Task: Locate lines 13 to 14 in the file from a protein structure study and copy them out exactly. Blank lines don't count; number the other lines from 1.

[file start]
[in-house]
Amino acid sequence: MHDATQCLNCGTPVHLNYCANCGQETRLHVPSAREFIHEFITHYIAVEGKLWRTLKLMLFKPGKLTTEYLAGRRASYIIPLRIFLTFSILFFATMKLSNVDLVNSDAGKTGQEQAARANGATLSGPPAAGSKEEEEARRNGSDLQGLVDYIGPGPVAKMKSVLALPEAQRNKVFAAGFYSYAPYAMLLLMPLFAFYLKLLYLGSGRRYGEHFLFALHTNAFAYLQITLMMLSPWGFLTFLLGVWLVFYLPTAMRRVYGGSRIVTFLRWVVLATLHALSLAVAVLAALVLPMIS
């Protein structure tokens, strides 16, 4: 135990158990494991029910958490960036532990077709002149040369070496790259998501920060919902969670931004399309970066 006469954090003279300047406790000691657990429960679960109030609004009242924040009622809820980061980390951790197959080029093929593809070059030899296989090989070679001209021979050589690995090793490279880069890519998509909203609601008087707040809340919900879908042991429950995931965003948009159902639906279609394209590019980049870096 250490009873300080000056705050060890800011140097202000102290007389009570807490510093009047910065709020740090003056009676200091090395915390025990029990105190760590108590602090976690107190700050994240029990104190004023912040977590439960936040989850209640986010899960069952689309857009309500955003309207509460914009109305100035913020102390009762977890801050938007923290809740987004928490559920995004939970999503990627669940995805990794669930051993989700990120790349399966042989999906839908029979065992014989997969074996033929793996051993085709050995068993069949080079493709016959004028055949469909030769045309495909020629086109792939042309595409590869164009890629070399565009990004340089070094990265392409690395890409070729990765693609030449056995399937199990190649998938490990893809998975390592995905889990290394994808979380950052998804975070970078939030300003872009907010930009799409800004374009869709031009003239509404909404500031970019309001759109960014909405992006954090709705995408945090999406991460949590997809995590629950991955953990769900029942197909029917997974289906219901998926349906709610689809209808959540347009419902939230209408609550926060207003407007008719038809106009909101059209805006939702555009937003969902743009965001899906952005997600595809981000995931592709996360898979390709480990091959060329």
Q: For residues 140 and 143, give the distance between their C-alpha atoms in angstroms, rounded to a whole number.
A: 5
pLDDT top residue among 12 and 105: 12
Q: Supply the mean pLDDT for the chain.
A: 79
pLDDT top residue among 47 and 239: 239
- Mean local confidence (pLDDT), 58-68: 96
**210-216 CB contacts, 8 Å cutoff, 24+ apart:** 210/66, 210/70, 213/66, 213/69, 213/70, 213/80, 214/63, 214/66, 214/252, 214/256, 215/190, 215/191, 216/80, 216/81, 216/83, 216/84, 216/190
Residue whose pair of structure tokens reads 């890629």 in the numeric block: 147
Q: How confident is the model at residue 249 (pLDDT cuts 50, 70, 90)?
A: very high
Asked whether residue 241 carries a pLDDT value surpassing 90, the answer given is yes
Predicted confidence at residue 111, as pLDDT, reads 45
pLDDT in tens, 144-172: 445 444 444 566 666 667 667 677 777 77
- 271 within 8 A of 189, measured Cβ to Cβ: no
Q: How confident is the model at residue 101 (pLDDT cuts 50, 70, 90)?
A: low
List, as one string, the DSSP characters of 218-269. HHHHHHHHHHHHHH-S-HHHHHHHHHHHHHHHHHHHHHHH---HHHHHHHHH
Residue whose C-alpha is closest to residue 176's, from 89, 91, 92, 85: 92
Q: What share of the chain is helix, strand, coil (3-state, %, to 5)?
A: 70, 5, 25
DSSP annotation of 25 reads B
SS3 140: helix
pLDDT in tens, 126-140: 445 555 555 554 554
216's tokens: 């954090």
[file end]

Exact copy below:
Q: How confident is the model at residue 249 (pLDDT cuts 50, 70, 90)?
A: very high